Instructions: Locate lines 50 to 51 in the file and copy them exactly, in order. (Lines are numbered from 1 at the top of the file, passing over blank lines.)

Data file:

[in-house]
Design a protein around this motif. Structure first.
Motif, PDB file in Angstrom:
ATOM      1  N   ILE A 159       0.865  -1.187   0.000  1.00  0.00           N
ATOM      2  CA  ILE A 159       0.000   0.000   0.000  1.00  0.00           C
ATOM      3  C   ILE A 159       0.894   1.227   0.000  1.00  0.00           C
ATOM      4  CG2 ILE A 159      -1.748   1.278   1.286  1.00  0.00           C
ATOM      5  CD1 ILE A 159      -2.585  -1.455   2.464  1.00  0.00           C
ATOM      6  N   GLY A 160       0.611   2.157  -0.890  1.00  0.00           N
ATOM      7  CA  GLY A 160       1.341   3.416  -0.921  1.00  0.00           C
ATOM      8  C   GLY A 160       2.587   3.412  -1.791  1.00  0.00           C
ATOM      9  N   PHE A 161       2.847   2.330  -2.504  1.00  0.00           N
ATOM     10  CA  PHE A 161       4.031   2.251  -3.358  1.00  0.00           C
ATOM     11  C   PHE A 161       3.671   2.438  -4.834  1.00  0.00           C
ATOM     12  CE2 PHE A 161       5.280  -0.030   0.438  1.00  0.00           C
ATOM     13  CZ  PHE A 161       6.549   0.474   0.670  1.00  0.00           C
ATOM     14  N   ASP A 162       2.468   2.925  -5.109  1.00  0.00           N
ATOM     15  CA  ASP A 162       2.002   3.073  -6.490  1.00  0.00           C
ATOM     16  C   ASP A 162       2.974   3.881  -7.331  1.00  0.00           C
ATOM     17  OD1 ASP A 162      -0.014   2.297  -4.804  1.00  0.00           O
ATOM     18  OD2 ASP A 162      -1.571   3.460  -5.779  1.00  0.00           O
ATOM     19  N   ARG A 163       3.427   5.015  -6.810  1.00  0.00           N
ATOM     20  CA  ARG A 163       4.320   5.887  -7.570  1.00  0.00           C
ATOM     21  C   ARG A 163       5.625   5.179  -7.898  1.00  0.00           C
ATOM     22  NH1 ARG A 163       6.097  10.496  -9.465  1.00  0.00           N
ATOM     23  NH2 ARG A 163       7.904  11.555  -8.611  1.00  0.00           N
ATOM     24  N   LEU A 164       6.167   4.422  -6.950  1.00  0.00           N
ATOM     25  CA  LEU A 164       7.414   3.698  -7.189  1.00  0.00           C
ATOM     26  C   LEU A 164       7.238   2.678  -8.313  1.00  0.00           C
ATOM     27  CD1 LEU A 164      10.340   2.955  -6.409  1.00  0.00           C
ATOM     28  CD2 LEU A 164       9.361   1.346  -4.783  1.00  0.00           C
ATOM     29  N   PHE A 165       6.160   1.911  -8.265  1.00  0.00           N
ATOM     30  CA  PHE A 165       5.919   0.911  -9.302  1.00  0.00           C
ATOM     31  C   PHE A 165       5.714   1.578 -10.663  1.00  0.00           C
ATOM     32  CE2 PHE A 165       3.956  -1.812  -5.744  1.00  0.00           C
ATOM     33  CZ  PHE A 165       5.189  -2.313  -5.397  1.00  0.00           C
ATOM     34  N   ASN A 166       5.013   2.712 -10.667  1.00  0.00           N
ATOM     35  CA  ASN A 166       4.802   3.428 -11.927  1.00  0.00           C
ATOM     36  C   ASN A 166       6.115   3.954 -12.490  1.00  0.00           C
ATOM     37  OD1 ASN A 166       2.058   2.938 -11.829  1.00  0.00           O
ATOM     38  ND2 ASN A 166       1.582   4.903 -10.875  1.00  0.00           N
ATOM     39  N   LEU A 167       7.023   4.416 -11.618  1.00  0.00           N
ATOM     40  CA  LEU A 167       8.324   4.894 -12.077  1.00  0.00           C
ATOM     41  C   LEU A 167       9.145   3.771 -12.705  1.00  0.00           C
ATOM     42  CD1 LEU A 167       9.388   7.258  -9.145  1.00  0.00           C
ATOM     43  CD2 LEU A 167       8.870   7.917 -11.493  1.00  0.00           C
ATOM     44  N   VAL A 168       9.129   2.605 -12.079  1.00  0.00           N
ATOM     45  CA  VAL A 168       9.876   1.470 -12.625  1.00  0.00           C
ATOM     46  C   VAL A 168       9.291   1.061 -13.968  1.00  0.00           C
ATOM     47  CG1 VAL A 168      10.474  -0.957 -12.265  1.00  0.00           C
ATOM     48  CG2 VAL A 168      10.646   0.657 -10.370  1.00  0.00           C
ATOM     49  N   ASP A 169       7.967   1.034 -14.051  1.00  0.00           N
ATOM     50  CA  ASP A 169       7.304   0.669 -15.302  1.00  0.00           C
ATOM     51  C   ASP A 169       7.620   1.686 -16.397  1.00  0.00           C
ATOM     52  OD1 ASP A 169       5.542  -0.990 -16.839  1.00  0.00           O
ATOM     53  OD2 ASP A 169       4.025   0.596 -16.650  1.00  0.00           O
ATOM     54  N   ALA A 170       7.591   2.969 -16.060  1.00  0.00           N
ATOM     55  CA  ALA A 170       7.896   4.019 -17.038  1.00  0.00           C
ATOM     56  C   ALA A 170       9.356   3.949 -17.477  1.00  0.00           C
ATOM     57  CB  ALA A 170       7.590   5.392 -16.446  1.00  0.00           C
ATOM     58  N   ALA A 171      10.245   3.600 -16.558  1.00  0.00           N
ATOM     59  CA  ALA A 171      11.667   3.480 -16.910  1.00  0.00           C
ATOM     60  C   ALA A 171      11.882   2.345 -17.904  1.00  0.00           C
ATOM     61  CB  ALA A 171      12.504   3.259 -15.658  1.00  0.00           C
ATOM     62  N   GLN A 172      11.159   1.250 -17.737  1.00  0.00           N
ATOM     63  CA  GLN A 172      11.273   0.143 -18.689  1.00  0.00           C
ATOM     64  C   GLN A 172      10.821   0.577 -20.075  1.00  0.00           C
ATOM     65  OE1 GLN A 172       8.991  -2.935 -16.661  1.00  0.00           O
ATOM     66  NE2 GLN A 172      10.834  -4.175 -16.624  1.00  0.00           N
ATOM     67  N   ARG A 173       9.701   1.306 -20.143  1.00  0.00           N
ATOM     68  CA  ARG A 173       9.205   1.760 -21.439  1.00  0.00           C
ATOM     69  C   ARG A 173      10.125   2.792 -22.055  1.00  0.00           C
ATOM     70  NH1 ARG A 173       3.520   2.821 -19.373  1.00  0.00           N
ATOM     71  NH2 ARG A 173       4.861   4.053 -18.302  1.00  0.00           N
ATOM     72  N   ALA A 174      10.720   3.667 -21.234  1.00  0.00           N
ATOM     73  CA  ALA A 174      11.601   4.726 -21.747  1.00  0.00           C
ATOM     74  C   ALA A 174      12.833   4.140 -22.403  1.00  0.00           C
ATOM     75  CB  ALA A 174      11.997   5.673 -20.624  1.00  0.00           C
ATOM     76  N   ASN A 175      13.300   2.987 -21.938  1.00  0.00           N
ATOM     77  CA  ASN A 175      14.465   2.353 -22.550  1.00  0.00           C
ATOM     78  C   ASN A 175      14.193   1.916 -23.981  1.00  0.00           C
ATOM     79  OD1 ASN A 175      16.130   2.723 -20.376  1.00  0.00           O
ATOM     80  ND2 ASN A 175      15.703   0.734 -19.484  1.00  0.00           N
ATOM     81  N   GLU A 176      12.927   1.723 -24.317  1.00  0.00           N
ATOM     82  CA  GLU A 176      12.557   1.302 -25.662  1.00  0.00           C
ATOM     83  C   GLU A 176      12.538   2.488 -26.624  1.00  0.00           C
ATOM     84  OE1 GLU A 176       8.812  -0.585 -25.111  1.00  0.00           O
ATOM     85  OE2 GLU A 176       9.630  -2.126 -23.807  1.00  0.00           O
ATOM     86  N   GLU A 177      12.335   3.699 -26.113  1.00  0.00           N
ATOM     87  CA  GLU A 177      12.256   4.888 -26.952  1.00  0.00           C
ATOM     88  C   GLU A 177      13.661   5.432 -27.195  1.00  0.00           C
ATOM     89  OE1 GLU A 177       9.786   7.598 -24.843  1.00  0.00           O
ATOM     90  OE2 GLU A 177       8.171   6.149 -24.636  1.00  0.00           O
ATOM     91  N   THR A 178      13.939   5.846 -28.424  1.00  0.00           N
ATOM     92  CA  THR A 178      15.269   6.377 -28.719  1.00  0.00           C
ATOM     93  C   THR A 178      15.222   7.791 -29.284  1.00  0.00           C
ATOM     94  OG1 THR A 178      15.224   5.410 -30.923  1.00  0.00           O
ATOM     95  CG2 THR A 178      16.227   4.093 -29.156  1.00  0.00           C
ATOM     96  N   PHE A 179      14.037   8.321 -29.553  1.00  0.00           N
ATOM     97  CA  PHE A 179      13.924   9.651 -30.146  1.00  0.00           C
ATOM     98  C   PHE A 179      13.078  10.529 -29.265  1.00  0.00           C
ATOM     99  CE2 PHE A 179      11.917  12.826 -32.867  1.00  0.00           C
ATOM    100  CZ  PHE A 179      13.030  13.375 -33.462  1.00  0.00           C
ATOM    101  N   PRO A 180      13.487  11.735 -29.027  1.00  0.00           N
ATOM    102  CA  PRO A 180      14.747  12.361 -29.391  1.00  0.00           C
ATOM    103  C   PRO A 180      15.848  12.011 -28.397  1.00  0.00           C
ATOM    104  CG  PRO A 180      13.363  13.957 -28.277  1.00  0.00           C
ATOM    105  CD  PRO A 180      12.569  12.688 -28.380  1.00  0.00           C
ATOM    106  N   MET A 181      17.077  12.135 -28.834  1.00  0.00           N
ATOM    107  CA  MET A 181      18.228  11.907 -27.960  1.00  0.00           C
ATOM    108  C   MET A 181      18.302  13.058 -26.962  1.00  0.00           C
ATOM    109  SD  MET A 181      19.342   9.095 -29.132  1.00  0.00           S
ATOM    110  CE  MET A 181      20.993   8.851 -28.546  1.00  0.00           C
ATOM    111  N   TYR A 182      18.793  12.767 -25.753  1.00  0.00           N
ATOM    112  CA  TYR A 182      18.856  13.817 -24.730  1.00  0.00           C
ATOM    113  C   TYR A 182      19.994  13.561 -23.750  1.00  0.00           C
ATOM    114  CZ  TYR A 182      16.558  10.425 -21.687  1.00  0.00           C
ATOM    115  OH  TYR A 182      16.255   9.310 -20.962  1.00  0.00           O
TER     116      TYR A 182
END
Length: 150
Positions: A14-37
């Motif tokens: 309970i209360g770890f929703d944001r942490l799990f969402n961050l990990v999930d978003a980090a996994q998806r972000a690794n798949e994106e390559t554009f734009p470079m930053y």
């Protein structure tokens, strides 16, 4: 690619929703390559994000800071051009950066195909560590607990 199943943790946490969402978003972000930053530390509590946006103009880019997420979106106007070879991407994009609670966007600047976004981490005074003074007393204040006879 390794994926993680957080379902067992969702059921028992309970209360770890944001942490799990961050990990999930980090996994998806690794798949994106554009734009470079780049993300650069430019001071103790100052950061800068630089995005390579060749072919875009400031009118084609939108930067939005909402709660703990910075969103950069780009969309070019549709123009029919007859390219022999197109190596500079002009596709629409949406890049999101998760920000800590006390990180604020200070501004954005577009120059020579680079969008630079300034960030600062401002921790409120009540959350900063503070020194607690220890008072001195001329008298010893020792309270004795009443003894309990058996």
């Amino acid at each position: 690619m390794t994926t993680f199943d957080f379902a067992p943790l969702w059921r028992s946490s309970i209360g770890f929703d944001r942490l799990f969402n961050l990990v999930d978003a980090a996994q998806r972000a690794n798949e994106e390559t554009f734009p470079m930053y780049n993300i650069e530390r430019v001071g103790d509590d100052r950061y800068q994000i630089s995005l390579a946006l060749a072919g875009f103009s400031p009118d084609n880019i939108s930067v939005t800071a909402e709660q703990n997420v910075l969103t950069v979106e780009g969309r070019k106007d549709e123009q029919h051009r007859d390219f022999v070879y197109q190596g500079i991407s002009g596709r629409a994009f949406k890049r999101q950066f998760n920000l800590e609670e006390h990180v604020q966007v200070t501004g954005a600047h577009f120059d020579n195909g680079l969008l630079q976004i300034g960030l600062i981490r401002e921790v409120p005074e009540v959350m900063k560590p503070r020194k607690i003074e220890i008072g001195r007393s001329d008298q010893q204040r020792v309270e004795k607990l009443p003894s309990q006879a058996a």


ATOM     47  CG1 VAL A 168      10.474  -0.957 -12.265  1.00  0.00           C
ATOM     48  CG2 VAL A 168      10.646   0.657 -10.370  1.00  0.00           C